Halloween Safety Tips

Going trick-or-treating?

Alphabet letter S Swords, knives, and similar costume accessories should be short, soft, and flexible.
Alphabet letter A Avoid trick-or-treating alone. Walk in groups or with a trusted adult.
Alphabet letter F Fasten reflective tape to costumes and bags to help drivers see you.
Alphabet letter E Examine all treats for choking hazards and tampering before eating them. Limit the amount of treats you eat.
Alphabet letter H Hold a flashlight while trick-or-treating to help you see and others see you.
Alphabet letter A Always test make-up in a small area first. Remove it before bedtime to prevent skin and eye irritation.
Alphabet letter L Look both ways before crossing the street. Use established crosswalks wherever possible.
Alphabet letter L Lower your risk for serious eye injury by not wearing decorative contact lenses.
Alphabet letter O Only walk on sidewalks or on the far edge of the road facing traffic to stay safe.
Alphabet letter W Wear well-fitting masks, costumes, and shoes to avoid blocked vision, trips, and falls.
Alphabet letter E Eat only factory-wrapped treats. Avoid eating homemade treats unless you know the cook well.
Alphabet letter E Enter homes only if you’re with a trusted adult. Otherwise, stay outside.
Alphabet letter N Never walk near lit candles or luminaries. Be sure to wear flame-resistant costumes.

Expecting trick-or-treaters or party guests?

  • Provide healthier treats for trick-or-treaters, such as individual packs of raisins, trail mix, or pretzels. For party guests, offer a variety of fruits, vegetables, and cheeses.
  • Use party games and trick-or-treat time as an opportunity for kids to get their daily dose of 60 minutes of physical activity.
  • Be sure walking areas and stairs are well-lit and free of obstacles that could result in falls.
  • Keep candle-lit jack-o’-lanterns and luminaries away from doorsteps, walkways, landings, and curtains. Place them on sturdy tables, keep them out of the reach of pets and small children, and never leave them unattended.
  • Remind drivers to watch out for trick-or-treaters and to drive safely.

Follow these tips to help make the festivities fun and safe for everyone!


Rotavirus Vaccine Cuts Down On Illness

When my son was born, the Rotavirus vaccine had just come on the market. I had never even heard of Rotavirus. For those of you who are as clueless about the virus as I was 2 years ago, here you go. Rotavirus is the most common cause of diarrhea in U.S. children and is a leading cause of death among children in developing countries. In infants and small children, the virus is serious. The symptoms of this illness include diarrhea, low grade fever, vomiting and nausea. These symptoms usually last for 3-10 days. But even if the symptoms have subsided or improved, you should consider your child contagious for 10-12 days after the onset of diarrhea.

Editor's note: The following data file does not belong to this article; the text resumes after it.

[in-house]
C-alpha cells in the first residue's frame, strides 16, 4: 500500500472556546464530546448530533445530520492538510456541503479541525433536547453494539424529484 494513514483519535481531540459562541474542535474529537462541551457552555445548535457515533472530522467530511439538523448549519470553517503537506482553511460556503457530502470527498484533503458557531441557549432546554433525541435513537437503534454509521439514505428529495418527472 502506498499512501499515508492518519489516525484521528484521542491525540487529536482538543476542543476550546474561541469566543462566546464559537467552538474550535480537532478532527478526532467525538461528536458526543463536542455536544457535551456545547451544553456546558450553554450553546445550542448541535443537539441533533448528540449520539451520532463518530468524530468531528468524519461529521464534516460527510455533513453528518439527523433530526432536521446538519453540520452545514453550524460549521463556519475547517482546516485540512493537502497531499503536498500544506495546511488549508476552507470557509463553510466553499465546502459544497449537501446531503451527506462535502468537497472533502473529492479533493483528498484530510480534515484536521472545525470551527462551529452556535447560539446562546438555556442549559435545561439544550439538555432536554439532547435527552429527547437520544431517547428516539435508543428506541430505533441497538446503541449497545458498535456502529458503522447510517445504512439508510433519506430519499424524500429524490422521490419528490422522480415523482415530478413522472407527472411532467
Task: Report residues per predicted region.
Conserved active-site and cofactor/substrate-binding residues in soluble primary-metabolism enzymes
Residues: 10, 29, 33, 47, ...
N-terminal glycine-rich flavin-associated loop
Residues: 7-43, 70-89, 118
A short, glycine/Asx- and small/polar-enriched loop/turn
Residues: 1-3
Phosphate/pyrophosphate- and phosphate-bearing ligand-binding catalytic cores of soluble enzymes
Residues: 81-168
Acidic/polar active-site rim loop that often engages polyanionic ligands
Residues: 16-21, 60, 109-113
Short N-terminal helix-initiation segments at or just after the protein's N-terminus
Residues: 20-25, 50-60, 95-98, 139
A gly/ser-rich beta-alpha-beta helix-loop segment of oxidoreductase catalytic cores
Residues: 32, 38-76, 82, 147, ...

The Associated Press, published an article yesterday about the success the vaccine has had in cutting down on emergency room visits, since it came on the market 2 years ago. The vaccine is also preventing Rotavirus in children who were not vaccinated, by cutting down on the virus in the general population.

I was concerned about my son getting the vaccine 2 years ago. I chose to get him vaccinated after extensive research and also because my doctor said she had administered the vaccine to her own infant, and I trust her judgment.

985,000 Delta Enterprise Drop Side Cribs Recalled

The U.S. Consumer Product Safety Commission (CPSC), in cooperation with Delta Enterprise Corp., of New York, New York., is announcing the voluntary recall to replace missing safety pegs involving 985,000 drop side cribs. Failure to use or install safety pegs can cause an entrapment and suffocation risk to infants and toddlers.

When the safety pegs in the base of each leg of the crib are missing from the lower track, the crib locks can disengage and detach if lowered below the peg hole, creating a hazardous gap. This gap can lead to the entrapment and suffocation of an infant or toddler.

CPSC staff is aware of a death of an 8-month-old child who became entrapped and suffocated when the drop side of the crib detached in a reassembled crib where the safety pegs were not installed. CPSC is also aware of two entrapments and nine disengagement incidents in cribs where the safety pegs were missing.

The recall involves all Delta cribs manufactured in Taiwan or Indonesia, with the “Crib Trigger Lock with Safety Peg” drop side hardware design. These model number and country of origin can be located on the mattress support board label: 4320, 4340, 4500, 4520, 4530, 4532, 4540, 4542, 4550, 4551, 4580, 4600, 4620, 4624 (production dates 01/06 thru 11/07), 4640, 4660, 4720, 4735, 4742, 4750 (production dates 01/95 thru 12/00), 4760 4770, 4780, 4790, 4820, 4840, 4850, 4860, 4880, 4890, 4892, 4900, 4910, 4920, 4925-2, 4925-6, 4930, 4940, 4943, 4944, 4947, 4948, 4949, 4950, 4958, 4963, 4968, 4969, 4980.

The recalled cribs have date codes ranging from 1995 though December 2005 and one model (4624) was made in 2007. The model numbers are located on the top of the mattress support board.

The cribs, which were made in Taiwan and Indonesia, were sold at major retailers, including Walmart, Kmart and Target.com from January 1995 through September 2007 for about $100. These cribs have also been found to be sold secondhand. Cribs currently sold at retail are not involved.

CPSC and Delta urge parents and caregivers to immediately stop using cribs that are missing a safety peg on any leg of the crib and contact Delta to receive a free, easy-to-install repair kit. The kit will include safety pegs in a bold color and warning labels to be affixed to the mattress board. Consumers with cribs that have all safety pegs installed may continue to use the cribs; however, CPSC recommends that these consumers contact Delta for the repair kit for future assembly purposes. Call Delta toll-free at (1-800-816-5304) anytime after 5pm today or log on www.cribrecallcenter.com to order the free replacement kit.

Parents and caregivers are encouraged to find a safe, alternative sleep environment for their child if their recalled crib is missing safety pegs.